What has philosophy become after computation? Critical positions about what counts as intelligence, reason, and thinking have addressed this question by reenvisioning and pushing debates about the modern question of technology toward new radical visions. Artificial intelligence, it is argued, is replacing transcendental metaphysics with aggregates of data resulting in predictive modes of decision-making, replacing conceptual reflection with probabilities. This article discusses two main positions. While on the one hand, it is feared that philosophy has been replaced by cybernetic metaphysics, on the other hand it is claimed that only the coconstitution of philosophy and automation challenges modern transcendental reason and colonial capital. As Donna Haraway pointed out, cybernetic circuits of communication have constructed counterfactual ontologies against the master narrative of the human. This article addresses recent attempts at redeveloping a critique of natural philosophy that explains cybernetic metaphysics beyond the universal master narratives of mechanicism and vitalism. This article suggests that the recursive system of nature and technology also needs to account for the problem of philosophical decision, which will be explored in terms of mediatic thinking, instrumentality, and automation. This article follows insights from the movie Get Out (2017) to argue that the model of philosophical decision relies on a servomechanic understanding of the medium of thought, based on the colonial abstraction of value in the prosthetic extension of the slave-machine. It explores the nonphilosophical envisioning of automation in terms of a counterfactual theorisation of the negative negation of the medium and argues for a nonoptical darkness entering the space of thinking. Philosophy and automation are neither coupled nor set in opposition as if in a ceaseless mirroring. Instead, both philosophy and automation must transform their self-determining axiomatics in order to host the heretic activities of machine propositions.
The Future Will Not Be Calculated: Neural Nets, Neoliberalism, and Reactionary Politics
This article traces the relationship between neoliberal thought and neural networks through the work of Friedrich Hayek, Donald O. Hebb, and Frank Rosenblatt. For all three, networked systems could accomplish acts of evolution, change, and learning impossible for individual neurons or subjects—minds, machines, and economies could therefore all autonomously evolve and adapt without government. These three figures, I argue, were also symptoms of a broader reconceptualization of reason, decision making, and “freedom” in relation to the state and technology that occurred throughout the 1950s–1970s. I also argue that this genealogy of decision-making underpins contemporary relations between machine learning, reactionary politics, and neoliberal economics.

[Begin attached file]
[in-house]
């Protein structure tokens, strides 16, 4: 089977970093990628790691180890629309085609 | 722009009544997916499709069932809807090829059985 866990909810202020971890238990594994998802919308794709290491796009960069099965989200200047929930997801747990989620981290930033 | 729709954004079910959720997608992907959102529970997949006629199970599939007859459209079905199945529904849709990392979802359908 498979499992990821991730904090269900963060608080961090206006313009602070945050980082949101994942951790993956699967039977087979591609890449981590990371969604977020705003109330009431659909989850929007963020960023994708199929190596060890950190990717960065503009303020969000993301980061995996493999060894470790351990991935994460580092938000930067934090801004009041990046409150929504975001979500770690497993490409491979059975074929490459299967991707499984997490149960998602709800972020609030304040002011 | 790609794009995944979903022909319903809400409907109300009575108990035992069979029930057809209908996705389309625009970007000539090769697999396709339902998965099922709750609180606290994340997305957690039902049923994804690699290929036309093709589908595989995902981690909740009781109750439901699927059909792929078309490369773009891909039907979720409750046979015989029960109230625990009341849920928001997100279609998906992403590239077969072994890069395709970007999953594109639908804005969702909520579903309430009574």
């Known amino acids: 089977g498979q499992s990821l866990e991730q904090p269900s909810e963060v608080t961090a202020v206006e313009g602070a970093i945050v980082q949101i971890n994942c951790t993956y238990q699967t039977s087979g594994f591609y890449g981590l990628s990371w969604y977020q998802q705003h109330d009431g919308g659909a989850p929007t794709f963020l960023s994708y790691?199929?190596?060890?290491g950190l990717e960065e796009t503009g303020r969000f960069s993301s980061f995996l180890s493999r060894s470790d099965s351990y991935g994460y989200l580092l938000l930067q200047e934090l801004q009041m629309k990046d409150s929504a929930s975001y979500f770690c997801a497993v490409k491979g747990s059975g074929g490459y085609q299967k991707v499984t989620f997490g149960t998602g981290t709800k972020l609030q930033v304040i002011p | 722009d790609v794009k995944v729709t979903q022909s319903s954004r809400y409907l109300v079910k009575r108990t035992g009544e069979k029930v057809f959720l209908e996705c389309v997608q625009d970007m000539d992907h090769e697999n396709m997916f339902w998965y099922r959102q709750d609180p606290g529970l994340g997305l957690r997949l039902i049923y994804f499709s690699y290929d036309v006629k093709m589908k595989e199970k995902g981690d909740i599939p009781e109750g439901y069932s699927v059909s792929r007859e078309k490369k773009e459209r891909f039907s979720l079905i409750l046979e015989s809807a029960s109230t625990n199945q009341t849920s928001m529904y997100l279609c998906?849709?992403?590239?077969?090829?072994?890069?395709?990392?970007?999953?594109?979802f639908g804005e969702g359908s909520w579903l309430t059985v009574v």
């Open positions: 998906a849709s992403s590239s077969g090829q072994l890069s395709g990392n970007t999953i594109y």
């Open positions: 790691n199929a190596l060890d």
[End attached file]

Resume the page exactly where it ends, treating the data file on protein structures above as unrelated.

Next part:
From Work to Proof of Work: Meaning and Value after Blockchain
The price of Bitcoin is once more soaring. From early October 2020 to early January 2021, the price of a single Bitcoin token went from roughly $10,000 to nearly $65,000, reinspiring the hopes of the crypto-faithful in the inevitability of a future beyond centralized banking and leaving the rest to dread the jargon of computational libertarianism. The speculative betting driving this recent price action, however, belies a more rudimentary and overlooked shift in the digital economy signaled by cryptocurrencies and Bitcoin in particular. Unlike an earlier industrial logic that sought to reduce heat loss and improve efficiency to maximize surplus value, Bitcoin’s proof-of-work system shifts the basis of value production from efficiency to inefficiency. Moreover, it does so by using a cryptographic algorithm whose purpose is to destroy the meaning of its inputs. Through an exploration of Bitcoin’s proof-of-work technics and its inversion of traditional models of value extraction, the text argues that Bitcoin reveals a profound transformation in the nature of surplus represented by computational capitalism.
This article argues that the algorithms known as neural nets underlie a new form of artificial intelligence that we call indexical AI. Contrasting with the once dominant symbolic AI, large-scale learning systems have become a semiotic infrastructure underlying global capitalism. Their achievements are based on a digital version of the sign-function index, which points rather than describes. As these algorithms spread to parse the increasingly heavy data volumes on platforms, it becomes harder to remain skeptical of their results. We call social faith in these systems the naive iconic interpretation of AI and position their indexical function between heuristic symbol use and real intelligence, opening the black box to reveal semiotic function.